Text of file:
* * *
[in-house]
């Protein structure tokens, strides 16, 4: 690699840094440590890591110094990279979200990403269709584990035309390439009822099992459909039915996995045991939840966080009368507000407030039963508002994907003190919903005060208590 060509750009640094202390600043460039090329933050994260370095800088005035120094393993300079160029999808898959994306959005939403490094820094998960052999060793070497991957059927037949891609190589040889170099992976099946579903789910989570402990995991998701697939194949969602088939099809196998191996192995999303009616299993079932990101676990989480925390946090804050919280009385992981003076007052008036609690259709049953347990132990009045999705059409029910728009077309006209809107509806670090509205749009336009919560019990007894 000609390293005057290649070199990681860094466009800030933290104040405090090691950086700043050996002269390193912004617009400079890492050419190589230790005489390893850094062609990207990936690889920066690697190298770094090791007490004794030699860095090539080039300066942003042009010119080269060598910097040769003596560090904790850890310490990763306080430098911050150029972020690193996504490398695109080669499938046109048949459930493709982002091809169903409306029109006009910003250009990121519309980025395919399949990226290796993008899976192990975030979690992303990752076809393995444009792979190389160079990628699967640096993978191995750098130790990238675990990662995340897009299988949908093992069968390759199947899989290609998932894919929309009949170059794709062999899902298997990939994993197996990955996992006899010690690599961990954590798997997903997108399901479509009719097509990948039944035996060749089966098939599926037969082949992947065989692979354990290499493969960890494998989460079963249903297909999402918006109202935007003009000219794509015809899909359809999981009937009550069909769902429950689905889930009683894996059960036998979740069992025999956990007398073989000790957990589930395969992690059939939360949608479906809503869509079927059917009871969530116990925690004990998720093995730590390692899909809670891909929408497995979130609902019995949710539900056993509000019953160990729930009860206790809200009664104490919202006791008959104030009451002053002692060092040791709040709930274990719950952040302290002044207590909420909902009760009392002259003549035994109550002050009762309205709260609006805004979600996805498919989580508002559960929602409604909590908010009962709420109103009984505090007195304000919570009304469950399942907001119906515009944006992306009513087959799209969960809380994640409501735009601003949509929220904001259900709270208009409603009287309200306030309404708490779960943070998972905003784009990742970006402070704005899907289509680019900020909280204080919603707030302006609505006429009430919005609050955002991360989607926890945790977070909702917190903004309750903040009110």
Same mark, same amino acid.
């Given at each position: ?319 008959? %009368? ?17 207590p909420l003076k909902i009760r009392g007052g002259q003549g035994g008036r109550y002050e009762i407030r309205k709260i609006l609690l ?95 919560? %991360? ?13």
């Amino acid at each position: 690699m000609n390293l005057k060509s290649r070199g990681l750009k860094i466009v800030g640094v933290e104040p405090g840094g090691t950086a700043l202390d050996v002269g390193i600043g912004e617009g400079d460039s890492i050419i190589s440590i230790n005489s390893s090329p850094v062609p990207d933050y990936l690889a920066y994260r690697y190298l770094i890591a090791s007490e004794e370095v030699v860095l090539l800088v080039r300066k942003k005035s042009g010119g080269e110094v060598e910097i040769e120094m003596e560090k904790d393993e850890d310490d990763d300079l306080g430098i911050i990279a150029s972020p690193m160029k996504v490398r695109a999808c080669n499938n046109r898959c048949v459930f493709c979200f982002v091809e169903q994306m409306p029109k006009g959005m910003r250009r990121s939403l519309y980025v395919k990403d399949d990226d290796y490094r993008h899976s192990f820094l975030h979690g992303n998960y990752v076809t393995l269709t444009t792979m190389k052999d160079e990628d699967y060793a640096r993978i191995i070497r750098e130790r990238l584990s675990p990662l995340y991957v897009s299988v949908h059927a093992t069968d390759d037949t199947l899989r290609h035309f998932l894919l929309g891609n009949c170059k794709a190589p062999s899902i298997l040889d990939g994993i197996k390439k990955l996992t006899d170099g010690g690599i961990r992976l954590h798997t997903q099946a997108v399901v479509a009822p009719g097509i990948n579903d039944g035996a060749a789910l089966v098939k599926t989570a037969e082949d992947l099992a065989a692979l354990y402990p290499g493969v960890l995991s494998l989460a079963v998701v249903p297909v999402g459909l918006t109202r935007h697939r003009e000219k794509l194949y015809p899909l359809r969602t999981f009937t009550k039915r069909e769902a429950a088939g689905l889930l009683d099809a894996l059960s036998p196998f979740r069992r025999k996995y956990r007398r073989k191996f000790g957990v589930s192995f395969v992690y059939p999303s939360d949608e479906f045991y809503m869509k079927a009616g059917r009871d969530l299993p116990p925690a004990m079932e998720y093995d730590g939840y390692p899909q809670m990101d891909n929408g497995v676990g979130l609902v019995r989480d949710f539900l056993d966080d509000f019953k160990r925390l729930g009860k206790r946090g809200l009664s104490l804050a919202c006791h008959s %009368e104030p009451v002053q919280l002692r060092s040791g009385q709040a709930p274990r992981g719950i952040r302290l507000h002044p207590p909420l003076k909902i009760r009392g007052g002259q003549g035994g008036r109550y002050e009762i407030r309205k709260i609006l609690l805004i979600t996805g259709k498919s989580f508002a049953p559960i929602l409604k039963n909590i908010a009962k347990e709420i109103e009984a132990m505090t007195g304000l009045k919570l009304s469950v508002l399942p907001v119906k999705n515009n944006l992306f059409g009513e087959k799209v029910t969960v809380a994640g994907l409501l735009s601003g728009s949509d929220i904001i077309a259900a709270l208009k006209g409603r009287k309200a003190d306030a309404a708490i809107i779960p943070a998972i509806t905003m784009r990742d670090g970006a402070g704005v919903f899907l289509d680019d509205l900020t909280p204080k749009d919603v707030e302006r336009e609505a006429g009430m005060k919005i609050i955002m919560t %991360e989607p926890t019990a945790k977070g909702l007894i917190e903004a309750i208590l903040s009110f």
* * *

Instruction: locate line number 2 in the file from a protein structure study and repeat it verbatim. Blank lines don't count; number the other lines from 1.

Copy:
């Protein structure tokens, strides 16, 4: 690699840094440590890591110094990279979200990403269709584990035309390439009822099992459909039915996995045991939840966080009368507000407030039963508002994907003190919903005060208590 060509750009640094202390600043460039090329933050994260370095800088005035120094393993300079160029999808898959994306959005939403490094820094998960052999060793070497991957059927037949891609190589040889170099992976099946579903789910989570402990995991998701697939194949969602088939099809196998191996192995999303009616299993079932990101676990989480925390946090804050919280009385992981003076007052008036609690259709049953347990132990009045999705059409029910728009077309006209809107509806670090509205749009336009919560019990007894 000609390293005057290649070199990681860094466009800030933290104040405090090691950086700043050996002269390193912004617009400079890492050419190589230790005489390893850094062609990207990936690889920066690697190298770094090791007490004794030699860095090539080039300066942003042009010119080269060598910097040769003596560090904790850890310490990763306080430098911050150029972020690193996504490398695109080669499938046109048949459930493709982002091809169903409306029109006009910003250009990121519309980025395919399949990226290796993008899976192990975030979690992303990752076809393995444009792979190389160079990628699967640096993978191995750098130790990238675990990662995340897009299988949908093992069968390759199947899989290609998932894919929309009949170059794709062999899902298997990939994993197996990955996992006899010690690599961990954590798997997903997108399901479509009719097509990948039944035996060749089966098939599926037969082949992947065989692979354990290499493969960890494998989460079963249903297909999402918006109202935007003009000219794509015809899909359809999981009937009550069909769902429950689905889930009683894996059960036998979740069992025999956990007398073989000790957990589930395969992690059939939360949608479906809503869509079927059917009871969530116990925690004990998720093995730590390692899909809670891909929408497995979130609902019995949710539900056993509000019953160990729930009860206790809200009664104490919202006791008959104030009451002053002692060092040791709040709930274990719950952040302290002044207590909420909902009760009392002259003549035994109550002050009762309205709260609006805004979600996805498919989580508002559960929602409604909590908010009962709420109103009984505090007195304000919570009304469950399942907001119906515009944006992306009513087959799209969960809380994640409501735009601003949509929220904001259900709270208009409603009287309200306030309404708490779960943070998972905003784009990742970006402070704005899907289509680019900020909280204080919603707030302006609505006429009430919005609050955002991360989607926890945790977070909702917190903004309750903040009110």